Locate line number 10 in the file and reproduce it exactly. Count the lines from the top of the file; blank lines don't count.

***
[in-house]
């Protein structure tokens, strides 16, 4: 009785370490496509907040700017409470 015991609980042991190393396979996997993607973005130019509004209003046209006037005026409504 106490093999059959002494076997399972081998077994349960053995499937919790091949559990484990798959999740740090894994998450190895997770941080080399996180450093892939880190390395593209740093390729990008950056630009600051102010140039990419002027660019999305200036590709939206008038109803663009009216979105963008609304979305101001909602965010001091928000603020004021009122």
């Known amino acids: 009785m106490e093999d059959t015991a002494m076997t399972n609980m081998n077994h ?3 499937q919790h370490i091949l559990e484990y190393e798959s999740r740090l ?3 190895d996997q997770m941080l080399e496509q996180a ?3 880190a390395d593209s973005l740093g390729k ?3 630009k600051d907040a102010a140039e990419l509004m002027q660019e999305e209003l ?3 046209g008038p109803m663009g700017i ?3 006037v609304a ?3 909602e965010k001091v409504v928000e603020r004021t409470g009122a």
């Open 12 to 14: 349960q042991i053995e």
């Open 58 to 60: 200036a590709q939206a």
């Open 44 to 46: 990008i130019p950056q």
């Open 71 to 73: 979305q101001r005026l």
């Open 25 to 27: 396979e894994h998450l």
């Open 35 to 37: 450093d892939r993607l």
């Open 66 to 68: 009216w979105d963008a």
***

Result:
């Open 66 to 68: 009216w979105d963008a």